Heart Happy (cathy_edgett) wrote,
Heart Happy

Compassion -

I recently read that there is a place in the brain for envy.  It might explain the Republicans desire to bring us all down, at the expense of some strange vendetta against the Democrats.  I wonder now if more Democrats meditate than Republicans and if that closes down that place in the brain or changes it so Democrats are more open to and aware of the importance of uniting and helping all of us here, all of us, animal and plant.

In the Buddhist Review, Tricycle, there is a review of the book The Self-Esteem Trap, Raising Confident and Compassionate Kids in an Age of Self-Importance.  The review is by Mary Talbot.  
  At this point, we may all be familiar with the term "helicopter parenting," the parent who so hovers over the child they never get a chance to make their own mistakes, face adversity or grow.  She gives this example.

"By way of illustrating the pervasive phenomenon of what Young-Eisendrath calls "helicopter" parenting - adults who hover over their kids and do everything for them - I can mention a phone call a friend told me about that the dean of her son's college received from a student's mother, halfway across the country. "He doesn't know where the bread in the dining room is," the mother admonished.  "Can you make sure someone shows him?"

Oh, my!  One can only feel sorry for this kid. 

According, to Mary Talbot, Young-Eisendrath has some suggestions.  "Parents can circumvent the influences of peers and mass culture by introducing kids to a version of the six perfections, or paramis.  Cultivating generosity, discipline, patience, diligence, concentration and wisdom "should be viewed as exercises or activities" for parents and children to practice together, she suggests.  Discipline, for example, can take the form of structured family routines and chores, which can lead "to true self-confidence and self-worth," Young-Eisendrath says.  "When a sound conscience meets up with the superego in later adolescence, an ordinary child has the makings of wisdom, even before adult life has unfolded."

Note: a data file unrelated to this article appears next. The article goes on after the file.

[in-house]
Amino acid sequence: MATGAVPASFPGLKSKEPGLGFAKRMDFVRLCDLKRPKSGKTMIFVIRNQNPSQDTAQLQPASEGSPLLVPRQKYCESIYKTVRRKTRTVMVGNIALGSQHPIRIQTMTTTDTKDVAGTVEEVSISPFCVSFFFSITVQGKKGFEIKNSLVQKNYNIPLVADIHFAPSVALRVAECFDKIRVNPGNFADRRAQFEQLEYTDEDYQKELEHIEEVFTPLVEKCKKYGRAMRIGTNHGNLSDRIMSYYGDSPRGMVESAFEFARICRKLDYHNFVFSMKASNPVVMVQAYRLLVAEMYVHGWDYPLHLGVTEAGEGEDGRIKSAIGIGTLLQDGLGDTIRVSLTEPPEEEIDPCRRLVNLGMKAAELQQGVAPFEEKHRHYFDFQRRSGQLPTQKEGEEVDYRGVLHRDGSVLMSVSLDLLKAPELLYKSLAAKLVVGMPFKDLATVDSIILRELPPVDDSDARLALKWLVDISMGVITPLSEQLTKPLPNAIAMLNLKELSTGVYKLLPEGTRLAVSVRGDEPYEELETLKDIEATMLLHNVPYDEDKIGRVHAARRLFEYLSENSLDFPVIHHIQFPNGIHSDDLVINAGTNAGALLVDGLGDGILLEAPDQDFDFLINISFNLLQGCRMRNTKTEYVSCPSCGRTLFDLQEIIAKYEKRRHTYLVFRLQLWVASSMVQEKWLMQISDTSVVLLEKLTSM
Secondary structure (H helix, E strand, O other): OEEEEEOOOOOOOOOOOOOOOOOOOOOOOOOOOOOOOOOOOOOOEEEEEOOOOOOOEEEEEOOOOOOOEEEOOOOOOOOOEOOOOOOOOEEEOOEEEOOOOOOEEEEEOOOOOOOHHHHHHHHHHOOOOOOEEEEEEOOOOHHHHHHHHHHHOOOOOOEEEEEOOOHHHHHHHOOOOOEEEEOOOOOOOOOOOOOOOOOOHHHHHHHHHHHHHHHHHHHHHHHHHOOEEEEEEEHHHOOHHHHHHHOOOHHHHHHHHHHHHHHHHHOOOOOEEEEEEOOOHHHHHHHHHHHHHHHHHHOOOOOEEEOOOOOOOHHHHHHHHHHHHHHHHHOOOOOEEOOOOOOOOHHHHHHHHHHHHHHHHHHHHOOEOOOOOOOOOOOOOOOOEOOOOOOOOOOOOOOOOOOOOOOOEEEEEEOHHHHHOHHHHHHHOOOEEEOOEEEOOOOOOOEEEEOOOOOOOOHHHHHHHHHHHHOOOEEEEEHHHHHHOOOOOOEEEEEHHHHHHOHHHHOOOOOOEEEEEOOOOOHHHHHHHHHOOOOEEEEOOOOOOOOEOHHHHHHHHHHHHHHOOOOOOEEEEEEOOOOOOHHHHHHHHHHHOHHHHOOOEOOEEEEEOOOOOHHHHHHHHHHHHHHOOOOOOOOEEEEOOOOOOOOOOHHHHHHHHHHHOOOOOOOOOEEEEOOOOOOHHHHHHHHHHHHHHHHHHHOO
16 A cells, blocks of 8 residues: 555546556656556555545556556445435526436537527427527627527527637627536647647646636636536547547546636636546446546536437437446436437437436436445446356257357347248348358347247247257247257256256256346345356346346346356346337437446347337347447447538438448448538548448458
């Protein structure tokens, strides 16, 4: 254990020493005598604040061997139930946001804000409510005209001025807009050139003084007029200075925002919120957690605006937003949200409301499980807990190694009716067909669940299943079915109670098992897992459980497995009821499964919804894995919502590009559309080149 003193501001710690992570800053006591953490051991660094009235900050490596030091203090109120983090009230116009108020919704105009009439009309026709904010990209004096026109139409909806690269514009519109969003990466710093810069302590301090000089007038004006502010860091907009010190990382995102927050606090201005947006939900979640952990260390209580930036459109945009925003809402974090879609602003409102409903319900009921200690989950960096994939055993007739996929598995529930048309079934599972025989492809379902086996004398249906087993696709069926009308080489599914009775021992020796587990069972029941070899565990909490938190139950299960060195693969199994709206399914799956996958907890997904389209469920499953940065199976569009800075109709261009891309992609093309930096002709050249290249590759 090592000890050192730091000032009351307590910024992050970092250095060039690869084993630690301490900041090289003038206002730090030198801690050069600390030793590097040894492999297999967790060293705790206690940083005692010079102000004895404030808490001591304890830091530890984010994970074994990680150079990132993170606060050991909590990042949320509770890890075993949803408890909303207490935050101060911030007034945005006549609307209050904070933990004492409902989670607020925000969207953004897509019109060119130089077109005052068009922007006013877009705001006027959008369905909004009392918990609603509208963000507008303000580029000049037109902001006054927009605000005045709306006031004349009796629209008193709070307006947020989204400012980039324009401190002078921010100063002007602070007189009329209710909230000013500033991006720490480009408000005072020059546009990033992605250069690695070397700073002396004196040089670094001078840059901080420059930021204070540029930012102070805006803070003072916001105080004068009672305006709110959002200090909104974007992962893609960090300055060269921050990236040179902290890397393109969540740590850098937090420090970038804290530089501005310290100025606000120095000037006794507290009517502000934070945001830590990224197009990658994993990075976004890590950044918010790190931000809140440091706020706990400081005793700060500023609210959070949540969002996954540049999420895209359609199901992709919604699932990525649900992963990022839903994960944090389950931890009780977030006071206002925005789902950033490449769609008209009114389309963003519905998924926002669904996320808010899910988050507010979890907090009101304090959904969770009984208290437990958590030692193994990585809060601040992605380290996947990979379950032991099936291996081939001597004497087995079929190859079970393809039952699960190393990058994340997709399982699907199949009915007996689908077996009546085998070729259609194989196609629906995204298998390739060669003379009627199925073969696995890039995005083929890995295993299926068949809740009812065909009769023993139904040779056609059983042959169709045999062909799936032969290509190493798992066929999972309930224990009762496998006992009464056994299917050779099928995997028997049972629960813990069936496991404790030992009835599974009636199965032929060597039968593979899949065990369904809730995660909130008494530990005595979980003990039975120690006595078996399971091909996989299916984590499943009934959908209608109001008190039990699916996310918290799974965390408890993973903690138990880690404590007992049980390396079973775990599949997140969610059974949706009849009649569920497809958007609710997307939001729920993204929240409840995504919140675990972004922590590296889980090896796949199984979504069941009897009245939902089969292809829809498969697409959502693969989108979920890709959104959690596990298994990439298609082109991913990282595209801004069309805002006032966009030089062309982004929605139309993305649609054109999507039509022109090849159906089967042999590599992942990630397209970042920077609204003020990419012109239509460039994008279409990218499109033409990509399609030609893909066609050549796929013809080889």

It sounds like a worthy way to educate our children to me.

Yesterday, I was watching Zach go "potty" along with two other children at his school.  He does the whole process himself now, but almost forgot to wash his hands.  Rema, his teacher, informed me that is part of it.  A child is not truly "potty-trained" until they are responsible for every aspect of it, including the washing of hands.  

It takes time to allow a child to do things by themselves, and how important it is.  Zach left the water running for the little girl behind him.  I thought of the drought and knew that his consideration and awareness of another were the most important gifts and learnings of all.  


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